Having advanced cancer
Some people have advanced cancer when they are first diagnosed. Others have cancer that becomes advanced at a later time.
Whatever the situation, it is very distressing to learn that you have advanced cancer. It is important to talk to your specialist about what this means for you and what your options are.
What you need to know
What is advanced cancer?
Advanced cancer is when the cancer has spread from where it started and moved into surrounding areas or to other parts of the body.
Some people have advanced cancer when they are first diagnosed. Other people have a recurrence of their cancer years after their original treatment.
Having advanced cancer can mean different things for different people. Some people may live with advanced cancer for months to years. Their cancer can be like a chronic illness. For others the cancer can progress rapidly. It is important to understand what it means for you and what your treatment options are.
Remember everyone’s cancer and how they respond to treatment is unique.
Accelerated or late stage chronic leukaemia
While many chronic leukaemias can be well controlled with therapy, often they cannot be cured. Relapse or progression may occur following initial treatment. If this happens, your doctor may order further treatment or consider doing a stem cell transplant depending on your situation.
Chronic myeloid leukaemia can also progress to an accelerated or blast phase. This is where it starts to progress quickly and there is an increase in immature (blast) cells in the blood. Depending on your individual situation, your treatment may need to be changed or intensified.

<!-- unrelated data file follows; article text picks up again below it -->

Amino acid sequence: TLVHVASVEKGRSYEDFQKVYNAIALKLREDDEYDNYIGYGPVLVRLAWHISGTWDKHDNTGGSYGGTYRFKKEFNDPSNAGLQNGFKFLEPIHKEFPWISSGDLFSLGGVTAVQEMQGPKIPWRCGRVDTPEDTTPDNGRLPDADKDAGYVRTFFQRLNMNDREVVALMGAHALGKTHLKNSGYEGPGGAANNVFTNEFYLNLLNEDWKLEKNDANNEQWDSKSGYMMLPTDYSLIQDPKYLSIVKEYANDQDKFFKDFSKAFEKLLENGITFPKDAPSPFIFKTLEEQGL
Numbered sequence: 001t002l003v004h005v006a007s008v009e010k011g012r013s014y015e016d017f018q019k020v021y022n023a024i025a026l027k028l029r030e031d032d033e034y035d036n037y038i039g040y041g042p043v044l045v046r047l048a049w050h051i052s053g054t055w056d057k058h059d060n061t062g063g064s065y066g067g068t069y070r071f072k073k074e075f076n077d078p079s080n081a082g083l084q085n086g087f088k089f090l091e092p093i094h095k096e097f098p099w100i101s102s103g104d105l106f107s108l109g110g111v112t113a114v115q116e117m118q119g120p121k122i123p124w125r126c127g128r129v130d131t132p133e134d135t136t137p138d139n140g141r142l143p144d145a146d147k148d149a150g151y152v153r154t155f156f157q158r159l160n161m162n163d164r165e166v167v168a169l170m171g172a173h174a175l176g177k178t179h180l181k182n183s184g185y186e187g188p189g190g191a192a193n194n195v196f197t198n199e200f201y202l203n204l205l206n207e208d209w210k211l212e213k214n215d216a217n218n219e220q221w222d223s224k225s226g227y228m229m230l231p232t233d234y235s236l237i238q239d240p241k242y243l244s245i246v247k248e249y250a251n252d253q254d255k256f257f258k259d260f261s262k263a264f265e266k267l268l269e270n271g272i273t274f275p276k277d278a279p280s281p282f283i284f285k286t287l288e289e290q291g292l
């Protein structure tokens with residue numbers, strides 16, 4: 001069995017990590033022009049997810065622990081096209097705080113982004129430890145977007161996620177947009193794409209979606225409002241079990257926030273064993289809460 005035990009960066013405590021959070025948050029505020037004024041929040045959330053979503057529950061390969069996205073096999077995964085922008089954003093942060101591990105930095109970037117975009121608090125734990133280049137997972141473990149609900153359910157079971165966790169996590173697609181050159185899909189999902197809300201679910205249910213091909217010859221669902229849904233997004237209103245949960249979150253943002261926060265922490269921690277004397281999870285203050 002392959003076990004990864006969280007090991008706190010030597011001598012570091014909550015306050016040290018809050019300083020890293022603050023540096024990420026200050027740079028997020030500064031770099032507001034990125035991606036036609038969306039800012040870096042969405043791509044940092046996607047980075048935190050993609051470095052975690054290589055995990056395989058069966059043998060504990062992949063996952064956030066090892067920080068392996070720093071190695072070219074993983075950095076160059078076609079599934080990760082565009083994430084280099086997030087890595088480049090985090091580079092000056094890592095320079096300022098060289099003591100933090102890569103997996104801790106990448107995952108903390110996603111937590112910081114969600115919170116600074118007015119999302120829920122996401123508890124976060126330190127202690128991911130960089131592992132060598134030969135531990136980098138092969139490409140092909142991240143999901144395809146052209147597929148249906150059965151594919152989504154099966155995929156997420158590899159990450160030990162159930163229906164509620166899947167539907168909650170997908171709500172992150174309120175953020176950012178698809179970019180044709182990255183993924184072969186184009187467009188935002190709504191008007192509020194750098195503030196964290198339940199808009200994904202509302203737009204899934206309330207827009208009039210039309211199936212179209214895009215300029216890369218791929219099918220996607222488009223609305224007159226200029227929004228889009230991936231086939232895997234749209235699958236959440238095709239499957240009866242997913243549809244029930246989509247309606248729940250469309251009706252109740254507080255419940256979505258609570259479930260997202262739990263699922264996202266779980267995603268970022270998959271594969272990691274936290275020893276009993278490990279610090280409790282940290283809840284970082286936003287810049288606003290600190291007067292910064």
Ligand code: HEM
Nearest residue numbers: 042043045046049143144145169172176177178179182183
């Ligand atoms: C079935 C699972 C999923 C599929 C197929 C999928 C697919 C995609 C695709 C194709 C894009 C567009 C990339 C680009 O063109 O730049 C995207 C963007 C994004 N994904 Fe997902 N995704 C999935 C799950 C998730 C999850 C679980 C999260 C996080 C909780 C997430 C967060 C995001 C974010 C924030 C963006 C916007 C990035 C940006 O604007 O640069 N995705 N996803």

If this happens it is important for you to understand what this means and what your options are.
What to ask or talk about
When you have advanced cancer you may be offered treatment to control the cancer. Controlling the cancer means it won’t be cured, but its growth may be slowed or even stopped.
You can also have treatment to manage any symptoms and maximise your quality of life. This is called palliative care. You can have palliative care even when you are still having other treatments. Your treating specialist can refer you to the palliative care team.
You need to weigh up the possible benefits and side effects of any treatment, and decide what is right for you. You may find a treatment easy to tolerate, or it could be difficult to cope with, and have a negative impact on your life.
If you do not think you are getting enough benefit out of having treatment, talk with your doctor about your options. You have the right to refuse or stop a treatment if you do not see the value in it. If you choose to stop a particular treatment, this does not mean that you have to refuse all care.
Dealing with the news
A diagnosis of advanced cancer can cause many emotions, including fear, anxiety, anger, guilt, sadness, loneliness or denial. You may be uncertain about what this means for you.
Making decisions about your ongoing treatment and care, and letting your loved ones know your choices, may make things easier for all of you.
Your priorities may start to change. Spending time with loved ones, doing different activities, and the simpler things in life may bring you the most pleasure.
If you have received news of advanced cancer and are having trouble coping, there are ways you can get support or advice. Your doctor or nurse, or the Cancer Council Information and Support line, are all good places to ask for help. Make a list of the questions you want to ask.
It can help to talk about your feelings with people you trust, even when it is difficult or painful. You may want to talk to a social worker, counsellor or psychologist. You can ask your doctor or nurse to refer you.
It is also a good idea to discuss advance care planning, so that someone else can see that your wishes are carried out if you are unable to make these decisions.